Shelbyville man charged in missing girlfriend's murder

Scott Schuck (WTHR photo)

The former boyfriend of a missing Shelbyville woman is now being charged with murder.

Court documents say Scott Schuck admitted to police that he and Rebecca Cassidy got into an argument four years ago when he struck and strangled her. Schuck admitted to burying her body in his backyard.

The probable cause affidavit states that police found human remains, along with a purse containing Rebecca Cassidy's ID in Schuck's yard.

Schuck's first court appearance set for Thursday was delayed. He initially faced a charge of voluntary manslaughter, but now faces a murder charge. His next court hearing is scheduled for Sept. 24, 2014.

After a day of digging, police discovered human remains in the backyard of Schuck's home in the 1200 block of Elm Street.

Cassidy was last seen in April 2010. She disappeared in the neighborhood where the remains were found.

As crews searched his yard, Schuck told WTHR that he had nothing to do with Cassidy's disappearance. That was before his arrest.

Traffic at the corner of Evans and Elm in Shelbyville has been non-stop.

"We've got a very big crime scene. We've got our own CSI, I guess, out here," said Mary Deprez, who watched it all from her front yard on Thursday.

"I don't really think it's sunk in," she said.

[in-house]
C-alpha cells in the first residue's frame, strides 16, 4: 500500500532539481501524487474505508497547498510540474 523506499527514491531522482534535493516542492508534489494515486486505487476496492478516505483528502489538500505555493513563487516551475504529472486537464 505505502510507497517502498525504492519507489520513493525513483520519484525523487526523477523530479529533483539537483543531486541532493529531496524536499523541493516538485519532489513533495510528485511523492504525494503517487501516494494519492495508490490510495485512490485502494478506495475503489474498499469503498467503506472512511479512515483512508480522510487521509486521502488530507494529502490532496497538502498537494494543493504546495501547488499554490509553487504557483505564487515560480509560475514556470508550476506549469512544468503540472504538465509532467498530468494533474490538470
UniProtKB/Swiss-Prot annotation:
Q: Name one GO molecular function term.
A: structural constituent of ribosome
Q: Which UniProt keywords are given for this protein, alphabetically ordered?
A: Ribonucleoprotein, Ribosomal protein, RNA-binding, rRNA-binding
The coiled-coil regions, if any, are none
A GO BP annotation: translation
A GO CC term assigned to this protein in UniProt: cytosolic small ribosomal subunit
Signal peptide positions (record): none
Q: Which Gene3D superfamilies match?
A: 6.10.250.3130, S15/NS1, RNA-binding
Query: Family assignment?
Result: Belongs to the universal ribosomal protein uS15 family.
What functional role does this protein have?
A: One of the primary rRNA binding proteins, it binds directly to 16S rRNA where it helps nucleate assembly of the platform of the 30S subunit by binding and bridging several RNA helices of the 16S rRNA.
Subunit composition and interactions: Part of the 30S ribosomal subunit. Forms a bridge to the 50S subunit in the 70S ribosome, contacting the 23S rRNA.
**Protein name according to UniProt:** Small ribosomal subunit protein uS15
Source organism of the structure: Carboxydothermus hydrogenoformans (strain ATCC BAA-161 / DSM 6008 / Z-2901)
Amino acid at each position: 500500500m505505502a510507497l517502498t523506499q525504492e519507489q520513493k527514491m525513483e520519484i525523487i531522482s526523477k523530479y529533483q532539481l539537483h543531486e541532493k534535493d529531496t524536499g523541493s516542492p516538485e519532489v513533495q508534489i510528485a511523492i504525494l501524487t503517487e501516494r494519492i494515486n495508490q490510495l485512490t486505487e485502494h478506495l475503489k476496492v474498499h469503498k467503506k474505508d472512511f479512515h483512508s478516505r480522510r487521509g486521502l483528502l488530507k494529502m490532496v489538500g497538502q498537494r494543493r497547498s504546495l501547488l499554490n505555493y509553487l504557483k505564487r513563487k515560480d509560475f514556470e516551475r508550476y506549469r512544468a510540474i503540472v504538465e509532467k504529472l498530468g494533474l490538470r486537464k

For the past 48 hours people here have watched the digging that has unearthed human remains and turned Scott Schuck from trusted neighbor into accused killer.

"The neighbors kind of feel betrayed by him because he's been very friendly. I opened my door to him not knowing anything about this," said Deprez.

Schuck's girlfriend, 33-year-old Rebecca Cassidy, went missing four years ago. He's been a person of interest in the case, but there hasn't been enough evidence to arrest him until the remains were found behind his house.

"If he didn't put them there, who did? Who did?" Deprez wondered.

Even though no one has confirmed that Schuck is accused of killing and burying Cassidy, neighbors have put two and two together.

"You kind of figure, as they go along with the investigation, it's a possibility that he did," said Deprez.

Now that the digging is done, Mary Deprez and many others here are hoping the quiet will return.

"Hopefully get our lives back to normal," she said.